In a “precedent-setting case,” a California judge has ruled that a mother who suffered severe brain damage while giving birth to triplets must be granted visitation rights to see her children.
The mother, Abbie Dorn, and her ex-husband, Daniel Dorn, wed in 2002 but had trouble conceiving a child. After an in-vitro fertilization process, the couple looked forward to having not one but three children together. Complications arose during the pregnancy, however, and Ms. Dorn underwent an emergency hysterectomy after being deprived of oxygen for nearly 20 minutes. Although she survived the ordeal, she is, according to her ex-husband, “neurologically incapacitated”—a claim that is disputed by Ms. Dorn’s parents and lawyer, who argue that Ms. Dorn is still able to communicate to the outside world by blinking: “One slow blink means ‘yes,’ and no response means ‘no.’”
One year after the birth of the triplets, Mr. Dorn filed for divorce.
Now Mr. Dorn claims that allowing his 4-year old children to see their mother in this condition could potentially traumatize them because she is physically unable to interact with them, and wants to wait until they are old enough to comprehend the situation better.
Los Angeles Superior Court Judge Frederick C. Shaller disagreed.
In his temporary order, J. Shaller ordered Mr. Dorn to accompany the children to visit their mother at her home over 5 consecutive days each summer and to conduct at least one Skype conference every month. Additionally, Mr. Dorn must also place photographs of the children’s mother in his home so the children can see them. Although Ms. Dorn cannot communicate with the children (at least in the traditional sense of the word) the children can still see, touch, and bond with her, “and can carry these memories with them,” according to the Judge.
This is not just a battle over a parent’s visitation rights. Although the California Supreme Court has ruled before that it is improper for a judge to rely on a parent’s physical handicap as prima facie evidence of the parent’s unfitness (See, In the Marriage of Carney, 24 Cal. 3d 725 (Cal. 1979)), the ultimate ruling on this matter can carry profound implications about Ms. Dorn’s status as both a mother and a human being. The United States Supreme Court has already established that all mothers begin at least with some parental rights to their child solely by reason of the fact that they conceived the child, went through labor, and gave birth to the child (See, Lehr v. Robertson, 463 US 248 (US 1983)). But the outcome of this trial could potentially shed light on whether a person in Ms. Dorn’s condition is in a persistent vegetative state and also the extent to which such persons are entitled to play a role in their children’s upbringing.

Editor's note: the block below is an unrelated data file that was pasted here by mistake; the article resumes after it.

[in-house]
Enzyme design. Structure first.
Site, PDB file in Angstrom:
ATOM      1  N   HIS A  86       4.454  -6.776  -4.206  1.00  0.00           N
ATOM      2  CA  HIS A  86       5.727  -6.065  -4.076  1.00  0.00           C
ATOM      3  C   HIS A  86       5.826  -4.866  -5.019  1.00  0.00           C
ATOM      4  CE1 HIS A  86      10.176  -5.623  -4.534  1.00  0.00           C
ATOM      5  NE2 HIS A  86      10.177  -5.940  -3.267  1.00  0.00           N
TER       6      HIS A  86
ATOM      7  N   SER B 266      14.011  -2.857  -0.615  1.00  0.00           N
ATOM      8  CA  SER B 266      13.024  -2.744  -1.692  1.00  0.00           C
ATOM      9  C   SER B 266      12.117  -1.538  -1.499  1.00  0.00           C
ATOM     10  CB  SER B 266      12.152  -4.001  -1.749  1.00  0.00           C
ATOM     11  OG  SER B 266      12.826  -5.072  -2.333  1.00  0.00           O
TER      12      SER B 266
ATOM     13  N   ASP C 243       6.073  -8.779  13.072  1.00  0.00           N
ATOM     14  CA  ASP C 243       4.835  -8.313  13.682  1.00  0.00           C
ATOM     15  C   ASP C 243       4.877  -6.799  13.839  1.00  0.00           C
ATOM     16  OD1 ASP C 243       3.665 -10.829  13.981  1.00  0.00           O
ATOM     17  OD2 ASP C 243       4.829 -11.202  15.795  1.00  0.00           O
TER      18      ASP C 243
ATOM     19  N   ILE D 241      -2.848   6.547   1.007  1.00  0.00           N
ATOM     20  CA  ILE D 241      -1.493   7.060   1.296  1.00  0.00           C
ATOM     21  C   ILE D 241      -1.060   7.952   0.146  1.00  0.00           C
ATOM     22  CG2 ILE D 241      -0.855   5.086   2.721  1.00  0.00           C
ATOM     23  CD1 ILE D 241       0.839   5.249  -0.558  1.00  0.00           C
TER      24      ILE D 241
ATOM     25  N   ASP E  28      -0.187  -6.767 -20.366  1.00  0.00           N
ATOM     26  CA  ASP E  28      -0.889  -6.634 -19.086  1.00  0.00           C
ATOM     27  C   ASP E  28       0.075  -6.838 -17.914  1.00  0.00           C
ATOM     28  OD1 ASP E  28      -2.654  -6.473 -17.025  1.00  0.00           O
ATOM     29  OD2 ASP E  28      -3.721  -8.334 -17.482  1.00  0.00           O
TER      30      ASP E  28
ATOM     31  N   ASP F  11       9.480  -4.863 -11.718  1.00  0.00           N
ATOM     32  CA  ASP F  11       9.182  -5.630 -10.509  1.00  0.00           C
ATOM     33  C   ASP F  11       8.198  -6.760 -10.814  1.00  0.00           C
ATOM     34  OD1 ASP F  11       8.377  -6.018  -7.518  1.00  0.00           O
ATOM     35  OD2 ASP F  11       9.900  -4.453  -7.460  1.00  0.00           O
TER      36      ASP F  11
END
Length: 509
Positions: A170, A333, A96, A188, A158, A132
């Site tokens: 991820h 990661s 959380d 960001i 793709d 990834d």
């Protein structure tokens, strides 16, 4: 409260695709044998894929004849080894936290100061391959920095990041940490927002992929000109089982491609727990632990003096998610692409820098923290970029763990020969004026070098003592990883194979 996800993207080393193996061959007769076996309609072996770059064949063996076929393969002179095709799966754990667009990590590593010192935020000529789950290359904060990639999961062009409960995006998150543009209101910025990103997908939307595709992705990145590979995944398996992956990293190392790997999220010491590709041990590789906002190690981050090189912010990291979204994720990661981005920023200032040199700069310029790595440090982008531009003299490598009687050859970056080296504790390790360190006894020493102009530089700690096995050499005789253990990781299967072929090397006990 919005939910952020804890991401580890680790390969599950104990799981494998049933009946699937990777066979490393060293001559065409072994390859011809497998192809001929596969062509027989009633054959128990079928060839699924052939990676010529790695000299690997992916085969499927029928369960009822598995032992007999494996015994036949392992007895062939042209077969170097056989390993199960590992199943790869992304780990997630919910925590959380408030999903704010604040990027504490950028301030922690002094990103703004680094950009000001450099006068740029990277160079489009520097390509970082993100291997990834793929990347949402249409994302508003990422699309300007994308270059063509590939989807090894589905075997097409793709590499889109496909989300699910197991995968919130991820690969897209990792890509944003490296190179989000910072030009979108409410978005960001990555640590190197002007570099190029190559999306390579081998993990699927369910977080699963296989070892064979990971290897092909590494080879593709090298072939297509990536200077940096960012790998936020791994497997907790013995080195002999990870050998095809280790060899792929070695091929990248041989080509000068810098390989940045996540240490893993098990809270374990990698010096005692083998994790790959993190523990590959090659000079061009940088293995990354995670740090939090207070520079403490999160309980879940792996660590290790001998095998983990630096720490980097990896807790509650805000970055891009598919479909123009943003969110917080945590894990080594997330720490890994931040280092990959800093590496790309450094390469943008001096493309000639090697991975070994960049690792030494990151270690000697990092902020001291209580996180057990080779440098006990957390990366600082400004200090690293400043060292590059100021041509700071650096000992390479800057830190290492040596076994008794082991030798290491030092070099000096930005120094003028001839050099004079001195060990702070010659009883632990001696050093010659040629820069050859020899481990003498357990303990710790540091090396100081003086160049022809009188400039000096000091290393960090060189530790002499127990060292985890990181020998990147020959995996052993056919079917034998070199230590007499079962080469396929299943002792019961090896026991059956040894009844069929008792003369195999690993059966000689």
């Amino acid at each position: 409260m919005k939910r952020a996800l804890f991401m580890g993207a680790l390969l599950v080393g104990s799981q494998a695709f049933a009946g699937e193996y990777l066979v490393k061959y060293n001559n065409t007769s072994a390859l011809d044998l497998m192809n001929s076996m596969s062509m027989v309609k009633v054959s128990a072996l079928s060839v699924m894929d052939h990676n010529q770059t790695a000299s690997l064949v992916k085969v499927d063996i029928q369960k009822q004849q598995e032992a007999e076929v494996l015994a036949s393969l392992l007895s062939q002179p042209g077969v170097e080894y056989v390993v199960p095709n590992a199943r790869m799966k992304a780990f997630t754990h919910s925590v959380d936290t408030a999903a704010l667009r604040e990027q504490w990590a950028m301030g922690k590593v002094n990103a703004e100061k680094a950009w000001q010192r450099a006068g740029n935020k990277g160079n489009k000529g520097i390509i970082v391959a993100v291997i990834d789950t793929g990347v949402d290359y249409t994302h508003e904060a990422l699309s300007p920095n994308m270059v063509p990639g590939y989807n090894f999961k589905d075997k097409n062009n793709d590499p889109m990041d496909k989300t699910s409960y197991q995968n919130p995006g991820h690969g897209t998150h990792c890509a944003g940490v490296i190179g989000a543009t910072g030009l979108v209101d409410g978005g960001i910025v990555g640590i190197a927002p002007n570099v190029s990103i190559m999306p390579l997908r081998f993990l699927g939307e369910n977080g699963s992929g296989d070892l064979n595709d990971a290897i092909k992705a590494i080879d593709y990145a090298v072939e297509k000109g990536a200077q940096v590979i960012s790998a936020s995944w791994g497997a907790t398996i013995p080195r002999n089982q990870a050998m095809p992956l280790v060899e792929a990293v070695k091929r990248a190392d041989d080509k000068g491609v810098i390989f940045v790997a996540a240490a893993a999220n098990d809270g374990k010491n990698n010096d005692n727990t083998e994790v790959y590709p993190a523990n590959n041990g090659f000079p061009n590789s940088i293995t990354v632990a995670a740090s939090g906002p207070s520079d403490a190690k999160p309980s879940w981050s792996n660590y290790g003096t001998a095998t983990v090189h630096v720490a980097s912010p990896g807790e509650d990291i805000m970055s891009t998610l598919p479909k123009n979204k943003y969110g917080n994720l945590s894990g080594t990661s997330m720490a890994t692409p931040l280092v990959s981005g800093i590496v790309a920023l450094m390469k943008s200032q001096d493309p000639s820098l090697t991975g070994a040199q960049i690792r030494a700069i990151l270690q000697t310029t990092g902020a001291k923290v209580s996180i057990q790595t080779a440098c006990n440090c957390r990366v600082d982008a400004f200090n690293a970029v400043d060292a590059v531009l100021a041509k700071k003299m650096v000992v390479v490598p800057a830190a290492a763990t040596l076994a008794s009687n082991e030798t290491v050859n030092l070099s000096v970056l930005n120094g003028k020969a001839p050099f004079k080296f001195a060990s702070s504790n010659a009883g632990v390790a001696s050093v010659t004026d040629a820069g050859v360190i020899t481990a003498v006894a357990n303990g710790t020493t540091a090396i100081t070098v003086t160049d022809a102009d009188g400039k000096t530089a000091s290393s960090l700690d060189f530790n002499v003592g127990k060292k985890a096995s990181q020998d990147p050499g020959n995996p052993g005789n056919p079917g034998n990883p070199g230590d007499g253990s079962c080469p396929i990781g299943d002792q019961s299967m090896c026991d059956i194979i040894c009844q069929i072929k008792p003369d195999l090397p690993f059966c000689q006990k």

Although much of the debate has been about whether Ms. Dorn’s eye blinks are a meaningful means of communication with the rest of the world or just spontaneous muscular contractions, the case also provokes us to consider the children’s story: Do the children here have a right to know who their mother is, regardless of her medical condition and how it was caused? Dr. Sanjay Gupta, medical correspondent at CNN, explores this angle further in his special report.